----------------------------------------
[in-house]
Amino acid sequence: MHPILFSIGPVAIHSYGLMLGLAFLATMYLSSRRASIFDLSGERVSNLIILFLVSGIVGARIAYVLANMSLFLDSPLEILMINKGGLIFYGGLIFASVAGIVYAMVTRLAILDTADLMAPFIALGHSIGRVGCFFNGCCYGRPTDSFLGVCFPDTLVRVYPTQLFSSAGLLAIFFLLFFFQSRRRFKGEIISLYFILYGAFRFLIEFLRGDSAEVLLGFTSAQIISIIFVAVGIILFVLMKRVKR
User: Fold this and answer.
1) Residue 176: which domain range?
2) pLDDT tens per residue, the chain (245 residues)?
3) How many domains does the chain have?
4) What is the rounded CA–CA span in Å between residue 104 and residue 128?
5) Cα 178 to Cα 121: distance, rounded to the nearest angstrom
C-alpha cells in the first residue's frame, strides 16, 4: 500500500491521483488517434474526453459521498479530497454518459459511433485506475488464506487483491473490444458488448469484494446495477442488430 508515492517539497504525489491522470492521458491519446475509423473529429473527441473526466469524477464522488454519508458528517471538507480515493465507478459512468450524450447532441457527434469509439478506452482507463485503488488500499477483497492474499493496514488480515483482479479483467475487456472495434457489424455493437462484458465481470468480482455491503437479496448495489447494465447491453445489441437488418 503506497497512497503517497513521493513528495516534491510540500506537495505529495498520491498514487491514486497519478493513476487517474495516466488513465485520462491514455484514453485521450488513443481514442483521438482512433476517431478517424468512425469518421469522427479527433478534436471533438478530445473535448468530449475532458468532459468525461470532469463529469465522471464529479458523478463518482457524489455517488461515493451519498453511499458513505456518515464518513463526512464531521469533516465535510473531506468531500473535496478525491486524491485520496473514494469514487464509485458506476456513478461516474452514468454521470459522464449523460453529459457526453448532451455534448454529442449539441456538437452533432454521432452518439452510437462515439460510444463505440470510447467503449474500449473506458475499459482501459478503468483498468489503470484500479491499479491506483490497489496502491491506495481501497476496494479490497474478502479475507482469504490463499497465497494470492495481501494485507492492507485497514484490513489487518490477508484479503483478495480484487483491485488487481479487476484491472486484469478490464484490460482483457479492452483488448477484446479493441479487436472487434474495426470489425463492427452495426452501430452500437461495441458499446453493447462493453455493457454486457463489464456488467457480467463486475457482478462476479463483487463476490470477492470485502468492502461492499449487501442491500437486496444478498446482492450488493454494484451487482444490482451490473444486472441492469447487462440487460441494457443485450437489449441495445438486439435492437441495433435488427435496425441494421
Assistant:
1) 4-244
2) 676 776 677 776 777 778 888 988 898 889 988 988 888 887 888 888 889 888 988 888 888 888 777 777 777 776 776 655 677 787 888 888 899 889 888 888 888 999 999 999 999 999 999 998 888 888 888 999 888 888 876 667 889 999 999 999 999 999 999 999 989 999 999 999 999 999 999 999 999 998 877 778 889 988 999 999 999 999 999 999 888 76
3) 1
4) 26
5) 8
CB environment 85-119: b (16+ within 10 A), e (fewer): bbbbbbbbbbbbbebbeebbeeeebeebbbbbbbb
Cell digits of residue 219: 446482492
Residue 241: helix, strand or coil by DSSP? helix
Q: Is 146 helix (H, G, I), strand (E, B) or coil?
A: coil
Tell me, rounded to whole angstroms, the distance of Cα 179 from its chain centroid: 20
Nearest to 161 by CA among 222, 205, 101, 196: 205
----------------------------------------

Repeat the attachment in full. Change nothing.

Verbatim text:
[in-house]
Amino acid sequence: MHPILFSIGPVAIHSYGLMLGLAFLATMYLSSRRASIFDLSGERVSNLIILFLVSGIVGARIAYVLANMSLFLDSPLEILMINKGGLIFYGGLIFASVAGIVYAMVTRLAILDTADLMAPFIALGHSIGRVGCFFNGCCYGRPTDSFLGVCFPDTLVRVYPTQLFSSAGLLAIFFLLFFFQSRRRFKGEIISLYFILYGAFRFLIEFLRGDSAEVLLGFTSAQIISIIFVAVGIILFVLMKRVKR
User: Fold this and answer.
1) Residue 176: which domain range?
2) pLDDT tens per residue, the chain (245 residues)?
3) How many domains does the chain have?
4) What is the rounded CA–CA span in Å between residue 104 and residue 128?
5) Cα 178 to Cα 121: distance, rounded to the nearest angstrom
C-alpha cells in the first residue's frame, strides 16, 4: 500500500491521483488517434474526453459521498479530497454518459459511433485506475488464506487483491473490444458488448469484494446495477442488430 508515492517539497504525489491522470492521458491519446475509423473529429473527441473526466469524477464522488454519508458528517471538507480515493465507478459512468450524450447532441457527434469509439478506452482507463485503488488500499477483497492474499493496514488480515483482479479483467475487456472495434457489424455493437462484458465481470468480482455491503437479496448495489447494465447491453445489441437488418 503506497497512497503517497513521493513528495516534491510540500506537495505529495498520491498514487491514486497519478493513476487517474495516466488513465485520462491514455484514453485521450488513443481514442483521438482512433476517431478517424468512425469518421469522427479527433478534436471533438478530445473535448468530449475532458468532459468525461470532469463529469465522471464529479458523478463518482457524489455517488461515493451519498453511499458513505456518515464518513463526512464531521469533516465535510473531506468531500473535496478525491486524491485520496473514494469514487464509485458506476456513478461516474452514468454521470459522464449523460453529459457526453448532451455534448454529442449539441456538437452533432454521432452518439452510437462515439460510444463505440470510447467503449474500449473506458475499459482501459478503468483498468489503470484500479491499479491506483490497489496502491491506495481501497476496494479490497474478502479475507482469504490463499497465497494470492495481501494485507492492507485497514484490513489487518490477508484479503483478495480484487483491485488487481479487476484491472486484469478490464484490460482483457479492452483488448477484446479493441479487436472487434474495426470489425463492427452495426452501430452500437461495441458499446453493447462493453455493457454486457463489464456488467457480467463486475457482478462476479463483487463476490470477492470485502468492502461492499449487501442491500437486496444478498446482492450488493454494484451487482444490482451490473444486472441492469447487462440487460441494457443485450437489449441495445438486439435492437441495433435488427435496425441494421
Assistant:
1) 4-244
2) 676 776 677 776 777 778 888 988 898 889 988 988 888 887 888 888 889 888 988 888 888 888 777 777 777 776 776 655 677 787 888 888 899 889 888 888 888 999 999 999 999 999 999 998 888 888 888 999 888 888 876 667 889 999 999 999 999 999 999 999 989 999 999 999 999 999 999 999 999 998 877 778 889 988 999 999 999 999 999 999 888 76
3) 1
4) 26
5) 8
CB environment 85-119: b (16+ within 10 A), e (fewer): bbbbbbbbbbbbbebbeebbeeeebeebbbbbbbb
Cell digits of residue 219: 446482492
Residue 241: helix, strand or coil by DSSP? helix
Q: Is 146 helix (H, G, I), strand (E, B) or coil?
A: coil
Tell me, rounded to whole angstroms, the distance of Cα 179 from its chain centroid: 20
Nearest to 161 by CA among 222, 205, 101, 196: 205